THE MOUSE RAP

Mouse is a nice, bright 14-year-old—but not quite sure how he feels about his dad turning up after an absence of eight years to date his mom and to make a clumsy effort to be friends with him. Mouse is also interested in gifts—but not enough to threaten his long-term friendship with buddy Styx, who is as tall as Mouse is short. During an eventful Harlem summer, the two are involved in a treasure hunt: the grandfather of one of the girls in their group knows another old codger who knows a kid in Queens whose grandmother once showed him where a gangster hid his loot. There really is money hidden—not as much as they imagined, but, still, found amid some satisfactory TV publicity; more important, Mouse weathers his first romance and reaffirms his friendship with Styx. Introducing each chapter with a dozen or so lines of rap, Myers uses its musical devices to splendid advantage in Mouse's narrative. Puns, rhythms, and glancing humore enrich a text that would have intrigued James Joyce with its inspired use of sound and allusion. Meanwhile, Myers paints a memorable portrait of a good kid who still likes to confide in his mother but who is finding that he may want to keep the sex life he's about to have private—and whose adventures can be as funny (and as fundamentally innocent) as Woody Allen trying to rob a bank. A beautifully written, thoroughly entertaining caper; an impressive addition to Myers' already impressive Oeuvre.

Pub Date: April 25, 1990

ISBN: 0064403564

Page Count: 196

Publisher: Harper & Row

Review Posted Online: Oct. 19, 2011

Kirkus Reviews Issue: March 15, 1990

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Engrossing, contemplative, and as heart-wrenching as the title promises.

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THEY BOTH DIE AT THE END

What would you do with one day left to live?

In an alternate present, a company named Death-Cast calls Deckers—people who will die within the coming day—to inform them of their impending deaths, though not how they will happen. The End Day call comes for two teenagers living in New York City: Puerto Rican Mateo and bisexual Cuban-American foster kid Rufus. Rufus needs company after a violent act puts cops on his tail and lands his friends in jail; Mateo wants someone to push him past his comfort zone after a lifetime of playing it safe. The two meet through Last Friend, an app that connects lonely Deckers (one of many ways in which Death-Cast influences social media). Mateo and Rufus set out to seize the day together in their final hours, during which their deepening friendship blossoms into something more. Present-tense chapters, short and time-stamped, primarily feature the protagonists’ distinctive first-person narrations. Fleeting third-person chapters give windows into the lives of other characters they encounter, underscoring how even a tiny action can change the course of someone else’s life. It’s another standout from Silvera (History Is All You Left Me, 2017, etc.), who here grapples gracefully with heavy questions about death and the meaning of a life well-lived.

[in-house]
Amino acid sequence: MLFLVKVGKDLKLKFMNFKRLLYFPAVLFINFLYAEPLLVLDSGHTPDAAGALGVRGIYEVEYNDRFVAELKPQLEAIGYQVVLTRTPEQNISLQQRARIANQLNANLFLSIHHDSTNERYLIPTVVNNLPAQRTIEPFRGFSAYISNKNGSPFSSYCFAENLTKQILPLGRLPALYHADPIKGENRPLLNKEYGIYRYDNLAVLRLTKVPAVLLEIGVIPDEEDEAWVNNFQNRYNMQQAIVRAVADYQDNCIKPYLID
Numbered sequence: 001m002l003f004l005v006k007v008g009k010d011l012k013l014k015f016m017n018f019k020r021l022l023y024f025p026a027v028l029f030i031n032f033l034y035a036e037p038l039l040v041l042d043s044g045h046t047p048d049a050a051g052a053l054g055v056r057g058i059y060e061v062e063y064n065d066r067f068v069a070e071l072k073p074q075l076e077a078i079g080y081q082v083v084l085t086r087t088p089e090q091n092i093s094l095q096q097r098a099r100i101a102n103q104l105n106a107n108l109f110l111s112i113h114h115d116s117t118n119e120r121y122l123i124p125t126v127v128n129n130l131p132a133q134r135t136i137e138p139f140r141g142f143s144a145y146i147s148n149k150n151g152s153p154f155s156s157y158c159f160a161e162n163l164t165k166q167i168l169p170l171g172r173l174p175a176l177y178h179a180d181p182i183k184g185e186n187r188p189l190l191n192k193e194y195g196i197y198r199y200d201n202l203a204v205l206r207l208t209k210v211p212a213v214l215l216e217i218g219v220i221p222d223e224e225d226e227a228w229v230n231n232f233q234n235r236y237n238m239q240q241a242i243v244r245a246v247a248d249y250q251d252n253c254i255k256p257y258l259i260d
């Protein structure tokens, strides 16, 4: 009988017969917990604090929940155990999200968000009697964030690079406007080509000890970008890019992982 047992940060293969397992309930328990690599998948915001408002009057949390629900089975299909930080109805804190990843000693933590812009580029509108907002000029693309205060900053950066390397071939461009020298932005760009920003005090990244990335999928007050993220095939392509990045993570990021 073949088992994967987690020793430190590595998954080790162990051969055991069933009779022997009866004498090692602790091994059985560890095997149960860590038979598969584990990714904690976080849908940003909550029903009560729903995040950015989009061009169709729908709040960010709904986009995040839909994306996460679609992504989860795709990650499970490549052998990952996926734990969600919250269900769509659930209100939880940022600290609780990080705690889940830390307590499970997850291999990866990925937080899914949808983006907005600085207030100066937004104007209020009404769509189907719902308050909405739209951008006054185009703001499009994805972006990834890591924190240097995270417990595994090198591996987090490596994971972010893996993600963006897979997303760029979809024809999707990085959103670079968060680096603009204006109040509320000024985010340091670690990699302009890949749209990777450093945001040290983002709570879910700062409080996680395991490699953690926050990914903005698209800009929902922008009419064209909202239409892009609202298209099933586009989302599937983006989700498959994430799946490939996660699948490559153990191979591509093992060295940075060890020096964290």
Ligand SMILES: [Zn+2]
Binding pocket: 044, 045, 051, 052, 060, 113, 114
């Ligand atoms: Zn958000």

Engrossing, contemplative, and as heart-wrenching as the title promises. (Speculative fiction. 13-adult).

Pub Date: Sept. 5, 2017

ISBN: 978-0-06-245779-0

Page Count: 384

Publisher: HarperTeen

Review Posted Online: June 5, 2017

Kirkus Reviews Issue: June 15, 2017

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This grittily provocative debut explores the horrors of self-harm and the healing power of artistic expression.

GIRL IN PIECES

After surviving a suicide attempt, a fragile teen isn't sure she can endure without cutting herself.

Seventeen-year-old Charlie Davis, a white girl living on the margins, thinks she has little reason to live: her father drowned himself; her bereft and abusive mother kicked her out; her best friend, Ellis, is nearly brain dead after cutting too deeply; and she's gone through unspeakable experiences living on the street. After spending time in treatment with other young women like her—who cut, burn, poke, and otherwise hurt themselves—Charlie is released and takes a bus from the Twin Cities to Tucson to be closer to Mikey, a boy she "like-likes" but who had pined for Ellis instead. But things don't go as planned in the Arizona desert, because sweet Mikey just wants to be friends. Feeling rejected, Charlie, an artist, is drawn into a destructive new relationship with her sexy older co-worker, a "semifamous" local musician who's obviously a junkie alcoholic. Through intense, diarylike chapters chronicling Charlie's journey, the author captures the brutal and heartbreaking way "girls who write their pain on their bodies" scar and mar themselves, either succumbing or surviving. Like most issue books, this is not an easy read, but it's poignant and transcendent as Charlie breaks more and more before piecing herself back together.

This grittily provocative debut explores the horrors of self-harm and the healing power of artistic expression. (author’s note) (Fiction. 14 & up)

Pub Date: Aug. 30, 2016

ISBN: 978-1-101-93471-5

Page Count: 416

Publisher: Delacorte

Review Posted Online: May 4, 2016

Kirkus Reviews Issue: May 15, 2016

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